Rael and Mark, the Fair Isle Assistant Wardens who also were on the returning boat from Fair Isle had also just seen the bird fly in, though thought it was probably a little stint and couldn’t hang around to check it again due to a waiting lift.
Intense scrutiny of the birds features, concluded that it was a Juvenile Semi-Palmated Sandpiper. SM, WS, OR and CH photographed the bird as it showed down to 20m. After putting the news out on the pager the bird was twitched by only two birders, though more appeared later.
Semi-palmated Sandpiper, copyright Craig Holden
A second attempt for the OBP was again unrewarding but the high from finding the Semi-P overrode any bad feeling from dipping an OBP.
2nd November – Arriving at Aberdeen at 07:00 we were away by 07:30. Terrible weather dissuaded us from going for the Lesser Snow Goose at Montrose or the Sardinian Warbler at Fife Ness. Some awful Scottish drivers meant we only narrowly avoid a serious collision in the torrential rain. However, news of a Desert Wheatear (which WS’s pager had missed while on Fair Isle) still present at Holy Island had us driving like crazy to get to there before the causeway closed, as four of the team needed it for Brit list. Arrival on Holy Island had us asking an 8 year-old boy where his school was so we could see the wheatear. After excellent instructions we pulled up round the corner to be confronted by a small group of birders with their scopes pointing into the sky. We jumped out of the car to see a small swift circling above our heads and immediately identified it as a ****** Chimney Swift!! Through all our excitement was a slight disappointment that if we were five minutes earlier it would have been our bird. Amazing.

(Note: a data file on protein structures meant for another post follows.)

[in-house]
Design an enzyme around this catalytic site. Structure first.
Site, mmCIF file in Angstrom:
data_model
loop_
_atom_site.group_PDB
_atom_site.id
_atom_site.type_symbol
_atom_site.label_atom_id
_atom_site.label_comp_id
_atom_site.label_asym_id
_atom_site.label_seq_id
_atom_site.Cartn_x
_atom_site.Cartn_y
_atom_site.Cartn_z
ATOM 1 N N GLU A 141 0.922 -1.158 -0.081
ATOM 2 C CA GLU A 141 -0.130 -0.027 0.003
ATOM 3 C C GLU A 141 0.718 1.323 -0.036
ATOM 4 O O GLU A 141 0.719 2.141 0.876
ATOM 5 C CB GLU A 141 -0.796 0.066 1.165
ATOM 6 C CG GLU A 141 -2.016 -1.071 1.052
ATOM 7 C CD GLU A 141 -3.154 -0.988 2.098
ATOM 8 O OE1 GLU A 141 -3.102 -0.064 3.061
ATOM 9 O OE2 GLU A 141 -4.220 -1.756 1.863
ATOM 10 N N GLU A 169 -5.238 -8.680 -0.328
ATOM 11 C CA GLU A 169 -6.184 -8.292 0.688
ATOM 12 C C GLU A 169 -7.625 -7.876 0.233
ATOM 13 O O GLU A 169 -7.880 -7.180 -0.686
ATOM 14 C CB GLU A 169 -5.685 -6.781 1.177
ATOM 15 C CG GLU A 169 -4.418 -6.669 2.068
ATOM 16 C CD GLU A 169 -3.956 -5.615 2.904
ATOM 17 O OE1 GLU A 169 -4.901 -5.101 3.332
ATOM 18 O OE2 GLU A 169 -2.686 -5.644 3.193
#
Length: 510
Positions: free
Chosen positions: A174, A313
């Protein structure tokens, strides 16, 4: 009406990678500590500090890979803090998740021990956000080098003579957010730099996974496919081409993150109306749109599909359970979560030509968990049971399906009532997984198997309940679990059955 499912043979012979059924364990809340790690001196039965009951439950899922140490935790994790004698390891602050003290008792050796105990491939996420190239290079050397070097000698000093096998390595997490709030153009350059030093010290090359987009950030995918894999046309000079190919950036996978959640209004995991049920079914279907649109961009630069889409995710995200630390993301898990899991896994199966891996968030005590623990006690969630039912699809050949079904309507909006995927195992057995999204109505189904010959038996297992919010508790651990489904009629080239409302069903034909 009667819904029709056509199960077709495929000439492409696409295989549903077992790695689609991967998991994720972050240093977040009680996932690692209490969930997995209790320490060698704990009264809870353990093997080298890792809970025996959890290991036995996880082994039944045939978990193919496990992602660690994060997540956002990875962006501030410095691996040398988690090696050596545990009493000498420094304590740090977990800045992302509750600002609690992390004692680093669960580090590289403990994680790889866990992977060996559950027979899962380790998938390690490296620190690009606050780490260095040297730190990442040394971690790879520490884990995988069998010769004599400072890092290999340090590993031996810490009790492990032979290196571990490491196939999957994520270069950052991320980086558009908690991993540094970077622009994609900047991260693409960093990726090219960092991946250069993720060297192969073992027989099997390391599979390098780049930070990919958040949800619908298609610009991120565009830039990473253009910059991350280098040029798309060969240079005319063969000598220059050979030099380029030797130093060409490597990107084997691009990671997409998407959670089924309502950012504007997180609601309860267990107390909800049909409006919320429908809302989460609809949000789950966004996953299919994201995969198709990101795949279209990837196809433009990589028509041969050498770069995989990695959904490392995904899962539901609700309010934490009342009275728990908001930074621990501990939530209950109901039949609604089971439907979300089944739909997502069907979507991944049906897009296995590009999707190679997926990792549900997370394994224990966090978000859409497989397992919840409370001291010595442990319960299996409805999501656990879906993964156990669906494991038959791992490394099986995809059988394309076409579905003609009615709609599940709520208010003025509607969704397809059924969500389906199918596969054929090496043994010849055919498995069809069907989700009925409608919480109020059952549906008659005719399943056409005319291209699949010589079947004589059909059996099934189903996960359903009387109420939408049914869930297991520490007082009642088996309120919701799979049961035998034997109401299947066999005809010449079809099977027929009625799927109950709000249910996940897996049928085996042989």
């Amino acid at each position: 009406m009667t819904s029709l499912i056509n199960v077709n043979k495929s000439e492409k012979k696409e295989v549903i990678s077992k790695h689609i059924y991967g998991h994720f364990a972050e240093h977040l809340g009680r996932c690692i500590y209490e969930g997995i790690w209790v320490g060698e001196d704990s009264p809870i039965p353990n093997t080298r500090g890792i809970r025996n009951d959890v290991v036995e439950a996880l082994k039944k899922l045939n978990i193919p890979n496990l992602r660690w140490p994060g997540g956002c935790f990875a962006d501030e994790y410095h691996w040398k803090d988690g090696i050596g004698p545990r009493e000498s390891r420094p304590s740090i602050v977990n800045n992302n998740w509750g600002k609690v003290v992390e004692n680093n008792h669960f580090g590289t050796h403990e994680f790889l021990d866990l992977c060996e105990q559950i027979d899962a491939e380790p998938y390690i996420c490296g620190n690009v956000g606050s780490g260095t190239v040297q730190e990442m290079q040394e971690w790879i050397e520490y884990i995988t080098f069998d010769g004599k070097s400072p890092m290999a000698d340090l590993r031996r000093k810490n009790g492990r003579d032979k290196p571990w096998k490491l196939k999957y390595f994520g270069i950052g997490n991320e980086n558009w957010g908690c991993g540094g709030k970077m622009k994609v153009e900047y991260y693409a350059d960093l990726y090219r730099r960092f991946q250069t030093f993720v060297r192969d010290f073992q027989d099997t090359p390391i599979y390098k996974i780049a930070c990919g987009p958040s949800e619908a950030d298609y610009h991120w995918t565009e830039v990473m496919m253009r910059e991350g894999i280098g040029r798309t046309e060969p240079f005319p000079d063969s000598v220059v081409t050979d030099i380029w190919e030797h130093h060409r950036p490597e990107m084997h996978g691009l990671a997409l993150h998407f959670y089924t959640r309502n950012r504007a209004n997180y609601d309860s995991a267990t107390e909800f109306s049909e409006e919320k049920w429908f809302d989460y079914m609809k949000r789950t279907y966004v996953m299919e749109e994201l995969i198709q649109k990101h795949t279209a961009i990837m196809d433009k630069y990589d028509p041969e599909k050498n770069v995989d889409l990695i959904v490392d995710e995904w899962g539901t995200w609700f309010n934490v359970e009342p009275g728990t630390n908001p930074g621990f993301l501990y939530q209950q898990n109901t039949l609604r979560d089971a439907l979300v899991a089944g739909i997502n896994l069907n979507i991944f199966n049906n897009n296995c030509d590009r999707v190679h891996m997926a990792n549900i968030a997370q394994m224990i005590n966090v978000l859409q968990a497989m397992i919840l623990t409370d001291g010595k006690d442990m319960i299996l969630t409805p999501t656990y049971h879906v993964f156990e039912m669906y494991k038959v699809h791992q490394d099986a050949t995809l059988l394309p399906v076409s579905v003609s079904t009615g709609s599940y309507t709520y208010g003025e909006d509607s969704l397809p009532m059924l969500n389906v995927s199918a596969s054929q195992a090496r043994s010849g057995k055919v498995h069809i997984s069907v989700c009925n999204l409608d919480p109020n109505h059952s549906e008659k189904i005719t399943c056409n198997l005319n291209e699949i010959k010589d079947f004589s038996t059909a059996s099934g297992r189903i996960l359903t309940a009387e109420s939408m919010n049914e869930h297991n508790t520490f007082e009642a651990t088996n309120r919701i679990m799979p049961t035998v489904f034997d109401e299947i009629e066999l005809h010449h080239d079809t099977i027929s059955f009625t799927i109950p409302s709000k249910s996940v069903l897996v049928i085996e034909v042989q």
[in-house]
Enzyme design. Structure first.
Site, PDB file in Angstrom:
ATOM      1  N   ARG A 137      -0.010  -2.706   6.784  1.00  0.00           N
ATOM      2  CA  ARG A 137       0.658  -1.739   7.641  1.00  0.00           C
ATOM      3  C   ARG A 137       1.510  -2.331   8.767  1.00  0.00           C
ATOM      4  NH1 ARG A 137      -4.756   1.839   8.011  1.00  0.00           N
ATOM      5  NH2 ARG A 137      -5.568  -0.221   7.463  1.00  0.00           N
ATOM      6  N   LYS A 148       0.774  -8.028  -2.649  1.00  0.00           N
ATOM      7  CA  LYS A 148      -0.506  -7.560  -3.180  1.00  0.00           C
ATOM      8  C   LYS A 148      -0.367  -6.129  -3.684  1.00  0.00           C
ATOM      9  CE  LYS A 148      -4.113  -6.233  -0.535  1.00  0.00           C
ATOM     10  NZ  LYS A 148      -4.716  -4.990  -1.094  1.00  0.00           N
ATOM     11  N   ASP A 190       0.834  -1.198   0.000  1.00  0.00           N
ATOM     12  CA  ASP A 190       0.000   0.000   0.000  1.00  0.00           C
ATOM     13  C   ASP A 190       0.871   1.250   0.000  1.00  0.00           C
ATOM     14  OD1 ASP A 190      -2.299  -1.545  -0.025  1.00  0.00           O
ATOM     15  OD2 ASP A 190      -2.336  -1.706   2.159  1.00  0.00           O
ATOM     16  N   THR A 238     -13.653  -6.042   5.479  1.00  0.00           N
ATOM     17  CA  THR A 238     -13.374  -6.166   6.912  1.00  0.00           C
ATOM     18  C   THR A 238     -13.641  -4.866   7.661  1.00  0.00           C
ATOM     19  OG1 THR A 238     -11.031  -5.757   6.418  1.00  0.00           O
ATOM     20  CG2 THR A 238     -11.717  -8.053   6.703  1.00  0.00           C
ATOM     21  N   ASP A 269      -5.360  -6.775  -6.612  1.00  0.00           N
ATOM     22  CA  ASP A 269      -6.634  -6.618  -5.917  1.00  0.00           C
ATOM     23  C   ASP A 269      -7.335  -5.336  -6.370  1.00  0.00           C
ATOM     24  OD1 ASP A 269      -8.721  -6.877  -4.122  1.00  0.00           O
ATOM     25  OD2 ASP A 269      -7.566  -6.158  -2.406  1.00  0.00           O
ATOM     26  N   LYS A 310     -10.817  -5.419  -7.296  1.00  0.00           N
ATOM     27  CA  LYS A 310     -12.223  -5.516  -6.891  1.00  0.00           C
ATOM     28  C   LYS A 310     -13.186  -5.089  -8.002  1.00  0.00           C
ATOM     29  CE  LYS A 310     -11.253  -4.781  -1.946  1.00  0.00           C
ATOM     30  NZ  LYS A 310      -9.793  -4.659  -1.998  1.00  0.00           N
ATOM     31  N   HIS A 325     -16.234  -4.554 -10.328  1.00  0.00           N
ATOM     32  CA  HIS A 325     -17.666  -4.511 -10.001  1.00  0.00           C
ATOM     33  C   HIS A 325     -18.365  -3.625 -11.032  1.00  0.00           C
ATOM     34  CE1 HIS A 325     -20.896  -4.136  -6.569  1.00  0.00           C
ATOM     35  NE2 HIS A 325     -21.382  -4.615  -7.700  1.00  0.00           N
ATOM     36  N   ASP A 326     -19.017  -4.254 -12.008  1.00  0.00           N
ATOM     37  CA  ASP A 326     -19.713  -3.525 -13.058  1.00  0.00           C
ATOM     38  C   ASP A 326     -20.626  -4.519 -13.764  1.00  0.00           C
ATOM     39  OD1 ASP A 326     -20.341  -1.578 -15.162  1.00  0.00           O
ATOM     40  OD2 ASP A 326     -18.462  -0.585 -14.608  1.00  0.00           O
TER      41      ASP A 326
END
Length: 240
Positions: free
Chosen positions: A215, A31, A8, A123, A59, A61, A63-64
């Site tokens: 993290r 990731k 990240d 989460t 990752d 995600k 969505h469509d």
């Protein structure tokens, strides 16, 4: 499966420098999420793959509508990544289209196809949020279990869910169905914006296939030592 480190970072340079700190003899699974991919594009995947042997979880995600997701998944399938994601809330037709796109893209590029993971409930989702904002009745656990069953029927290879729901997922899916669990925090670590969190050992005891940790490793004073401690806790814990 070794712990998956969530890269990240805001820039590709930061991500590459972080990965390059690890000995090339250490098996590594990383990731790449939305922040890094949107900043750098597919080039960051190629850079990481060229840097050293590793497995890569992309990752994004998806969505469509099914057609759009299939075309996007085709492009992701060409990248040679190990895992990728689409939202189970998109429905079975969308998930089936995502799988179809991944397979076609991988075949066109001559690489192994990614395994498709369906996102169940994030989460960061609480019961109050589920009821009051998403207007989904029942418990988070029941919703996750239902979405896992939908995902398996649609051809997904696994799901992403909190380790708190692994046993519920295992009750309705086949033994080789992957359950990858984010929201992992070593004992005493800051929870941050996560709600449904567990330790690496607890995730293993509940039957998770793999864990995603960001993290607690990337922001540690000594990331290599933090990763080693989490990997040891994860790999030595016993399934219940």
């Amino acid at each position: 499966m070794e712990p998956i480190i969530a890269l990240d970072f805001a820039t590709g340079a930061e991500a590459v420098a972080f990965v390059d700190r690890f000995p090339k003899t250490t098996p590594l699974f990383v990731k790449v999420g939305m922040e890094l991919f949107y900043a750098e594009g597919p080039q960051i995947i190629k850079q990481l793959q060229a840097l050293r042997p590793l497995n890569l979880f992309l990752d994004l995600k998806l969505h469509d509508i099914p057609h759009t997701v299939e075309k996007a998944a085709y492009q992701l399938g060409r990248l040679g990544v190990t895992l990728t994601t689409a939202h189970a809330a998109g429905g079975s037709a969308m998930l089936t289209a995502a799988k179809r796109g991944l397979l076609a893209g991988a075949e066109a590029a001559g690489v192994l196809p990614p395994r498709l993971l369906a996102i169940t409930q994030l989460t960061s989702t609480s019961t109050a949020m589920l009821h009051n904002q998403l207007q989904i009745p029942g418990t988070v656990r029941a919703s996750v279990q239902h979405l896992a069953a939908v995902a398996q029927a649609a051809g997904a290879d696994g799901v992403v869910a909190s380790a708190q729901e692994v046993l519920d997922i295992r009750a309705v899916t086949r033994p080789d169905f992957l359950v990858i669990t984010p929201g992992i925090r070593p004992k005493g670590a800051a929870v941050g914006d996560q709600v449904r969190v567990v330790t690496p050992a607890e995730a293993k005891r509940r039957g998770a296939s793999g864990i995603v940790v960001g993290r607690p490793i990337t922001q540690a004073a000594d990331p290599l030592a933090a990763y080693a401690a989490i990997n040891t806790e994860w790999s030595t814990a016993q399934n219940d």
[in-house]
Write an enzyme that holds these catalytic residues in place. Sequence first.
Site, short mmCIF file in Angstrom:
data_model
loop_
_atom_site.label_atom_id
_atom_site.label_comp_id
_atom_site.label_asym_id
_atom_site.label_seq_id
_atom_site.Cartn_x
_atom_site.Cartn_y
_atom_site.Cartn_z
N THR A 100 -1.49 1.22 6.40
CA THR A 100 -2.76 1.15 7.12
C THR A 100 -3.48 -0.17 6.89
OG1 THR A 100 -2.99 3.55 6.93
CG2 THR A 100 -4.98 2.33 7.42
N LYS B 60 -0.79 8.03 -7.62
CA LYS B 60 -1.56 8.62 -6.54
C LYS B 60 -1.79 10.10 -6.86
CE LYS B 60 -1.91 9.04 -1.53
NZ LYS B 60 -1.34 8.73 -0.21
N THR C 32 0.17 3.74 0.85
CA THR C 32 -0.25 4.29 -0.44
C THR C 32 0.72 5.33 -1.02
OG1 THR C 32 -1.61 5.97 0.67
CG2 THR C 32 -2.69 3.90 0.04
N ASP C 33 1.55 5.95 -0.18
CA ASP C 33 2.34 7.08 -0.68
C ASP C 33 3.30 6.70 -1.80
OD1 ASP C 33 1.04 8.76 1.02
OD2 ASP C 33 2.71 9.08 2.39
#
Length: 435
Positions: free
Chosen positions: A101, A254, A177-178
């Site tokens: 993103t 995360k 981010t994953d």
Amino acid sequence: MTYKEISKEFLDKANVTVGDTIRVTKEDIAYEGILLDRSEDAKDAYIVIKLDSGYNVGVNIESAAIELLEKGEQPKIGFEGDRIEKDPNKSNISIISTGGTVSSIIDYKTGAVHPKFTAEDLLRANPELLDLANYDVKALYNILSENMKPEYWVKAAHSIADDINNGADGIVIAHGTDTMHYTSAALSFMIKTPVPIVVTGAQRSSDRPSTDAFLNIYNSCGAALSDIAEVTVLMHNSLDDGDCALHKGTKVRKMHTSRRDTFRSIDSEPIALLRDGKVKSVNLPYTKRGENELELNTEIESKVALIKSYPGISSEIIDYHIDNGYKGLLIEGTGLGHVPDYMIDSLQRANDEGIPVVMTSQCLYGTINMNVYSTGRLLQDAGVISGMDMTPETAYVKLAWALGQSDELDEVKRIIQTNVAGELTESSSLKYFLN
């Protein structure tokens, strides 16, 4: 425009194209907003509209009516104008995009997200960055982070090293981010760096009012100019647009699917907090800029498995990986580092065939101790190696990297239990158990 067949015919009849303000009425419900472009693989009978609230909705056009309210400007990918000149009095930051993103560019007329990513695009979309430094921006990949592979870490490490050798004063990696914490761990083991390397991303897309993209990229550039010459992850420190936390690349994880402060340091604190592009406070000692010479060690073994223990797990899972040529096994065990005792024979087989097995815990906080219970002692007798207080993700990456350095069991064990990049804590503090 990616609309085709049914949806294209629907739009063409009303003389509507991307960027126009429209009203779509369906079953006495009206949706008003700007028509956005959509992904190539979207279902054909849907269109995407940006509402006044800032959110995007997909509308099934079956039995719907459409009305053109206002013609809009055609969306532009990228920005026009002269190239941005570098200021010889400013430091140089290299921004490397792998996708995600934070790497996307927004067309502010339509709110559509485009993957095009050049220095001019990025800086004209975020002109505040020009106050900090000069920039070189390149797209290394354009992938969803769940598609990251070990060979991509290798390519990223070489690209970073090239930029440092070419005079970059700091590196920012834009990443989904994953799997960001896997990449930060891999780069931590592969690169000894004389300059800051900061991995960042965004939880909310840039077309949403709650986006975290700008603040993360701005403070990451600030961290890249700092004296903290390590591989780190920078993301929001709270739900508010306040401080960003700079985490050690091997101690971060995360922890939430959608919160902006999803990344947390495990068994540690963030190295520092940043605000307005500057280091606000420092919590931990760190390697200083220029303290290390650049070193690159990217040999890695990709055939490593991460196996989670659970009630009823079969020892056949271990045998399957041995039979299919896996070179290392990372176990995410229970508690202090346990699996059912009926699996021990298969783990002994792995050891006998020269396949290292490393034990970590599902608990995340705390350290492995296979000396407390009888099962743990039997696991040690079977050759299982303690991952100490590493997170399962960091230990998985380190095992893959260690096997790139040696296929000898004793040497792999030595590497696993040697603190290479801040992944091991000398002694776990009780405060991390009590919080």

Desert Wheatear and Chimney Swift copyright Simon Mitchell
Views of the bird were had as it flew around our heads. News then went out on the pager, though, due to the tide, the causeway would be closed within 20 minutes. We were pained to leave the bird while we went and saw the Desert Wheatear, but this also showed very well. At one time the swift and wheatear could be seen in the same binocular vision. We then returned to the swift where it continued to hug the church area looking as if it would probably roost there. The tide was rising however and news of a Pallid Swift hanging around in Cleveland had us racing back across the causeway and heading towards South Gare.
Arriving at the site we were immediately greeted by the swift showing incredibly well over the rocks and beach. We watched the bird for 20 minutes before jumping back in the car and trying to get to the Laughing gull roost before dark. This time we were too late, it was dark by the time we got there. We returned to Norwich jubilant, though out of pocket for the next year.